Soaking in Warm Springs, Georgia

October 23, 2010
Filed under Destinations

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National Park Warm Springs GA slideNestled in densely forested red clay hills some 70 miles southwest of Atlanta, Warm Springs and nearby Callaway Gardens are two of the Peach State’s most popular visitor attractions. But that wasn’t always the case.

Native Americans were undoubtedly the first to utilize the geo­thermal springs for which the town was named. Rising from 3,800 feet within Pine Mountain, pure, highly mineralized water flows at almost 1,000 gallons per minute and at a constant 88 degrees to provide a buoyant, refreshing bath without the normally enervating effects of some hot mineral water. With development in the late 19th century of the rambling Victorian-style Meriwether Inn, Warm Springs became a popular resort for Atlanta’s high society.

By the time, however, that the town’s most famous resident — President Franklin Delano Roosevelt — came to Warm Springs in 1924 seeking a cure for the poliomyelitis that had recently struck him down, the area was impoverished because of a collapse in farm prices following World War I and the once-elegant Meriwether Inn had slipped into disrepair.

When FDR, whose promising political career had been interrupted at age 39, found that soaking and exercising in the warm mineral waters helped his paralyzed legs, he bought the ramshackle resort and spent a large part of his time and personal fortune over the next few years converting it into a rehabilitation center for polio patients. In 1927 the facility was incorporated as the Warm Springs Foundation.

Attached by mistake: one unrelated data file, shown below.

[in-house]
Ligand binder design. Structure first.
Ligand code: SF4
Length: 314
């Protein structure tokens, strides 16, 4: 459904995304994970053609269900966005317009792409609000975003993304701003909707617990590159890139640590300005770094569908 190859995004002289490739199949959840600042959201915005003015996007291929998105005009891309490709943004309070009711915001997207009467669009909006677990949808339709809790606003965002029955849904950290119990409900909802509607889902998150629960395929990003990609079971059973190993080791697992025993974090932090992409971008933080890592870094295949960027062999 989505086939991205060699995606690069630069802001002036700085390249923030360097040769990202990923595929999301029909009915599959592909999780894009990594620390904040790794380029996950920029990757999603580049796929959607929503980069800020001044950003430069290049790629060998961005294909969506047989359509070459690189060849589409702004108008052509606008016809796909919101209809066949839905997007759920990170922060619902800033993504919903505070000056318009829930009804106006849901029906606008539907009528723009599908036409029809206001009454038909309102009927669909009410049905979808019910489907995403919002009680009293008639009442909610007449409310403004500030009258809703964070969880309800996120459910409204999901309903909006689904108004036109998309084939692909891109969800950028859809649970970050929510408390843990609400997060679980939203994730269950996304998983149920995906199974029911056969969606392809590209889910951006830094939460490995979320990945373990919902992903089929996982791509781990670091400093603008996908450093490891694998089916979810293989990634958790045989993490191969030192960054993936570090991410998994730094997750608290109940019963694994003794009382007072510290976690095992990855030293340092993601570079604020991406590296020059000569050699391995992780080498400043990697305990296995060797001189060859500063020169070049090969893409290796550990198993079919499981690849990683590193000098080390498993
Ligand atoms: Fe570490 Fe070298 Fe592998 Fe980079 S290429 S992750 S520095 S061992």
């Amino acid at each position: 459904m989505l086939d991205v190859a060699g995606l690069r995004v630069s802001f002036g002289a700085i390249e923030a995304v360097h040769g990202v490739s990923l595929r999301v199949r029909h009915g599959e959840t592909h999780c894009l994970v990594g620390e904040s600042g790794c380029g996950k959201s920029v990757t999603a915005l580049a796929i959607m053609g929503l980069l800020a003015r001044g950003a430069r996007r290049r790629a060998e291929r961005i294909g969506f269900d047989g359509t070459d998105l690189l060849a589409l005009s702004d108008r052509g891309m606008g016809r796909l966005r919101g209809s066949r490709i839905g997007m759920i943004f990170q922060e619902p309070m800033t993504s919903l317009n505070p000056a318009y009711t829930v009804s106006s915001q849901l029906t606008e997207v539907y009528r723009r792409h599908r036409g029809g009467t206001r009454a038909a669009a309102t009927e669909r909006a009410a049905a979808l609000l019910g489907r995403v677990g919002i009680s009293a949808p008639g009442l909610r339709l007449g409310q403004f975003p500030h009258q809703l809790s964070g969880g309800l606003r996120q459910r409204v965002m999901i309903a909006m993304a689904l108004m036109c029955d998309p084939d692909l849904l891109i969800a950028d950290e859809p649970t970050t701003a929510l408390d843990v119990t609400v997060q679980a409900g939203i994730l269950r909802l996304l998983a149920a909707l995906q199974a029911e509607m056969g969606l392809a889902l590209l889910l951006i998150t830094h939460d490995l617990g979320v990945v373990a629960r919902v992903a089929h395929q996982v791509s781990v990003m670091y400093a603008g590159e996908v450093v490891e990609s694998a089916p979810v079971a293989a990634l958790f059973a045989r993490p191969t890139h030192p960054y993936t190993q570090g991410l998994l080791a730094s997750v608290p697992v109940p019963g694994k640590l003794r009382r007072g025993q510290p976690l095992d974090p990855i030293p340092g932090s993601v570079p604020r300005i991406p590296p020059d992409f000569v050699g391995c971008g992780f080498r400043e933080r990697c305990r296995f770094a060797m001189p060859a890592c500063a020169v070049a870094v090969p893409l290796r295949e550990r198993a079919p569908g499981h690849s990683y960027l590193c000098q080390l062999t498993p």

While governor of New York and just before being inaugurated as president in 1933, Roosevelt built a simple frame cottage nearby. It soon became known as the Little White House and it remained FDR’s favorite refuge during his turbulent four-term presidency — which spanned both the Great Depression and World War II.

Not many of us living today actually experienced the FDR years so the legacy of the nation’s 32nd president is left largely to the history books and museums. Good reason for the creation in 2004 of the FDR Memorial Museum, a sorely needed repository for a splendid collection of Roosevelt mementos and a revealing storyboard of a great world leader’s many accomplishments. It is a good thing, too, that it’s located right where it is. Warm Springs was pivotal to Roosevelt’s presidency and political career.

“Most historians would agree that the improvements FDR experienced, largely through self-treatment at Warm Springs, were sufficient to give him the optimism and courage to push ahead in politics,” says Michael Shadix, librarian at Roosevelt Warm Springs Institute for Rehabilitation, the present-day progeny of FDR’s Warm Springs Foundation. “FDR did not want people to know the full extent of his disability,” Shadix said, adding that Roosevelt might not have run for president if he thought he was perceived as disabled.

Visitors keen on history or those just seeking a bit of old-fashioned national nostalgia can easily spend a day at Warm Springs. Begin with a visit to the museum and Little White House. Don’t miss the museum’s introductory film narrated by Walter Cronkite that includes some historical footage from the Roosevelt years. Among the exhibits, you’ll find FDR’s immaculate 1938 Ford convertible equipped with hand controls that he loved to drive through the surrounding countryside; a 1930s kitchen with a radio that plays some of the president’s most notable “Fireside Chats,” and the famous “Unfinished Portrait” of FDR.

On April 12, 1945, just 83 days after taking office for a record fourth term, FDR was sitting for a portrait with artist Elizabeth Shoumatoff at the Little White House when he suffered a stroke and died a few hours later. The house remains precisely as the Roosevelts left it and the portrait, too, can be seen exactly how it was abandoned in mid-brush stroke by Shoumatoff more than 65 years ago. This is extraordinarily touching history.